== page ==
Embolization for pediatric blunt splenic injury is an alternative to splenectomy when observation fails.

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BACKGROUND: Management of splenic injury has shifted from operative to nonoperative management in both children and adults with reports of high success rates. Benefits of splenic conservation include decreased hospital stay, blood transfusion, and mortality, as well as avoidance of infectious complications. Angiography with embolization is an innovative adjunct to nonoperative management and has resulted in increased splenic salvage in adults; however, data in the pediatric population are scant.

METHODS: A retrospective comparative study of a single-hospital trauma registry reviewed from 1999 to 2009. Patients 18 years and younger admitted with injury to the spleen were included. Children with penetrating injury were excluded. Children were divided into three categories by initial treatment: observation, embolization, or splenectomy. Data recorded include age, radiographic grade of injury, and Injury Severity Score (ISS). Groups were analyzed for success of initial treatment, requirement for transfusion of packed red blood cells, splenic salvage, and mortality.

RESULTS: Registry review identified 259 children with blunt splenic injury. Initial treatment was observation in 227, embolization in 15, and splenectomy in 17. In the observation group, 9 (4%) of 227 children failed initial treatment; 8 of these underwent embolization, while 1 unerwent splenectomy. In the embolization group, 1 (7%) of 15 failed initial treatment and underwent splenectomy. Blood transfusion was required by 38 (17%) of 227 in the observation group, 6 (40%) of 15 (p = 0.02) in the embolization group, and 15 (88%) of 17 (p < 0.01) in the splenectomy group. Overall splenic salvage rate was 237 (92%) of 259. Three children died in the observation group, and four children died in the splenectomy group. There was no death in the embolization group.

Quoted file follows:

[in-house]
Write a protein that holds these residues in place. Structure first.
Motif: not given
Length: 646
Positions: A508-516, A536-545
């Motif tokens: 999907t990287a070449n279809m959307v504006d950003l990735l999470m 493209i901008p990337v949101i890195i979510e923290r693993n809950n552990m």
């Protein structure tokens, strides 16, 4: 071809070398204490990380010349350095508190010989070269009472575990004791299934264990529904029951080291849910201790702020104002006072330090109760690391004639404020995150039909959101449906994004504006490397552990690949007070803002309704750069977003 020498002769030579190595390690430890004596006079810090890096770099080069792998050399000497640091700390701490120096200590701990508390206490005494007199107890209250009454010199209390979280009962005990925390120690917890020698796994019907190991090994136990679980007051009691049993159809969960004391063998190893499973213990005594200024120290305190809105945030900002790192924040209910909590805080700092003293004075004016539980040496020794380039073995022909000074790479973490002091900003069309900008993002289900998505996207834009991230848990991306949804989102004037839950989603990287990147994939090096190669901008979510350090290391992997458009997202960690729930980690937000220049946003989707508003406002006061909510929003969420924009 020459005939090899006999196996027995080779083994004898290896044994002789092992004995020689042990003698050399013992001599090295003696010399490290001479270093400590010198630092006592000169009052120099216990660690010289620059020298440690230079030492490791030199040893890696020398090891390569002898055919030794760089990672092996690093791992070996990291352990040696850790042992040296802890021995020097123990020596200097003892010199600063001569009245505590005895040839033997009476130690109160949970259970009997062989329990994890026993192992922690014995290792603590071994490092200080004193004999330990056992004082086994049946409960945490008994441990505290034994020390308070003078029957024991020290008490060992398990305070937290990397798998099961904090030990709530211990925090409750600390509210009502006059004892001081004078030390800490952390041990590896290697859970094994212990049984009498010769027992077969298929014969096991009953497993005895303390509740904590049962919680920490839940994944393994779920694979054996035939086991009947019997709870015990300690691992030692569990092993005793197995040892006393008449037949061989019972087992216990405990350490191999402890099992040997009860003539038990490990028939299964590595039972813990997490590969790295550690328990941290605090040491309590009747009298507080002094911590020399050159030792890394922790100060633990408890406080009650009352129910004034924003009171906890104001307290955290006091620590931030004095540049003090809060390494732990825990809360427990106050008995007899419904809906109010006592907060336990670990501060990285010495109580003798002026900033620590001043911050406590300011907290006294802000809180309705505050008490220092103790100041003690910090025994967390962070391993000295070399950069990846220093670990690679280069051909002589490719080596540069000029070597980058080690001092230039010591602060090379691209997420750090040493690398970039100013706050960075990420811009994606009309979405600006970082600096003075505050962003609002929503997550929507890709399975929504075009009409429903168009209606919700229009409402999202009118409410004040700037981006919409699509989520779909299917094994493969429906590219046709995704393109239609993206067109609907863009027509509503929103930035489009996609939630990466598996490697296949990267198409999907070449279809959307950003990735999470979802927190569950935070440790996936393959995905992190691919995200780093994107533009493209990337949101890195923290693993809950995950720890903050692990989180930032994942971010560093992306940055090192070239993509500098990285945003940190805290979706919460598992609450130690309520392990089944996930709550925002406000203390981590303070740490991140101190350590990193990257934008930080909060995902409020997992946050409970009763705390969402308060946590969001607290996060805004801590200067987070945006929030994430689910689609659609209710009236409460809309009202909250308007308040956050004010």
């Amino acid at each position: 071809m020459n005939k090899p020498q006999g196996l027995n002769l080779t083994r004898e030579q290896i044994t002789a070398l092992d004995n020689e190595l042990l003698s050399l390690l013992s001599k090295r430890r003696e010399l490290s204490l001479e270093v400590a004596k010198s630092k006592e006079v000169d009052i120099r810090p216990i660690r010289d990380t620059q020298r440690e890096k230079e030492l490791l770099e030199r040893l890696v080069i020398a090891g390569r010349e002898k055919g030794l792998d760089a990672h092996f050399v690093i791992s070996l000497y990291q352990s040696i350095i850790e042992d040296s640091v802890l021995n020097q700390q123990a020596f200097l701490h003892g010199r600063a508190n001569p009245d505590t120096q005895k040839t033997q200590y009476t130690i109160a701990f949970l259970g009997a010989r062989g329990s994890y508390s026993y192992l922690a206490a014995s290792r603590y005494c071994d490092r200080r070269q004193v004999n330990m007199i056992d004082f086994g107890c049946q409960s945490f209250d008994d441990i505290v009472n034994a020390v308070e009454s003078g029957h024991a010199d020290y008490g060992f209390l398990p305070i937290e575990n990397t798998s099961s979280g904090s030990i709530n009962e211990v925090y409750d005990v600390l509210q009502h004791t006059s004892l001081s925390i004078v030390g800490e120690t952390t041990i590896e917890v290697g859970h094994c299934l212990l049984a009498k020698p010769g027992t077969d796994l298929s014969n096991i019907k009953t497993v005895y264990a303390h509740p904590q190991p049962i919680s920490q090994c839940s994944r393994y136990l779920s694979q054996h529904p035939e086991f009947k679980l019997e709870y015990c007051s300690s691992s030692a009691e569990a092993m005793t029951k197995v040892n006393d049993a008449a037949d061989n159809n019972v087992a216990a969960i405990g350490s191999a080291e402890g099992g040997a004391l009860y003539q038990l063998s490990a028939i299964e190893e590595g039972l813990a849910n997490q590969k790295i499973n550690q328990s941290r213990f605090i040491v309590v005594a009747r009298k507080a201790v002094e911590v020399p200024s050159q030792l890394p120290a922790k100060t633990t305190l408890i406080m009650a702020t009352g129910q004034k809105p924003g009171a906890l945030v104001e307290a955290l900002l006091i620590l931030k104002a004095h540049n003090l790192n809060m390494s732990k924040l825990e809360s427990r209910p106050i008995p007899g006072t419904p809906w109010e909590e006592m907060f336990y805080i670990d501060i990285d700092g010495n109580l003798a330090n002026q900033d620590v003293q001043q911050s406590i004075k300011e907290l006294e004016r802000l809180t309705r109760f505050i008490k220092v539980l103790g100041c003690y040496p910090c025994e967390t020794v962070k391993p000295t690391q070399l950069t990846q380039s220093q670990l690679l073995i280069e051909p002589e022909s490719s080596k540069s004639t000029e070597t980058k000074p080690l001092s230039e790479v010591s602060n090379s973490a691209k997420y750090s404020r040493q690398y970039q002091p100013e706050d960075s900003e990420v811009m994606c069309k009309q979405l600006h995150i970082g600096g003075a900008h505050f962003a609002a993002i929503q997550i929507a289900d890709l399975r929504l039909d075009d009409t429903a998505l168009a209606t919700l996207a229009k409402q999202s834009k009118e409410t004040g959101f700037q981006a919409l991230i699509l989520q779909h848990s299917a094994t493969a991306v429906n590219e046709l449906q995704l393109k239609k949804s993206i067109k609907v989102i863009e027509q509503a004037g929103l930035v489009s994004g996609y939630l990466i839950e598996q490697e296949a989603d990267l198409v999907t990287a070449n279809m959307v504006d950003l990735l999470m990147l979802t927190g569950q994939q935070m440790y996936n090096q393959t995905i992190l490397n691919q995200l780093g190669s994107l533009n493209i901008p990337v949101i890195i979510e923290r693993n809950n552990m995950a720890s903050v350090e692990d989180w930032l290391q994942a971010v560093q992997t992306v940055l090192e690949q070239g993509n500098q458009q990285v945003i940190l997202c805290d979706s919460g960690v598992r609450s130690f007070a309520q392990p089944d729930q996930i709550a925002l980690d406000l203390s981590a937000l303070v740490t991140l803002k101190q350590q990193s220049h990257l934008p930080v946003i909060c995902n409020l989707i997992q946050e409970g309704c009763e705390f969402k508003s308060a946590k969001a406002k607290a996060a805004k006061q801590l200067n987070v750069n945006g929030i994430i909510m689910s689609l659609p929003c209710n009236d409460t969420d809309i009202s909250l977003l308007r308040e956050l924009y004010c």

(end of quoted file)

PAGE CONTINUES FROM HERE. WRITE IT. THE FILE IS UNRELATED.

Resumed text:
CONCLUSION: Splenic artery embolization for blunt trauma in children is associated with a higher blood transfusion rate compared with observation but offers a safe, intermediate alternative to splenectomy when observation fails.

LEVEL OF EVIDENCE: Therapeutic study, level IV.





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Medicine and Health Sciences | Pediatrics




Department of Pediatrics, Department of Surgery

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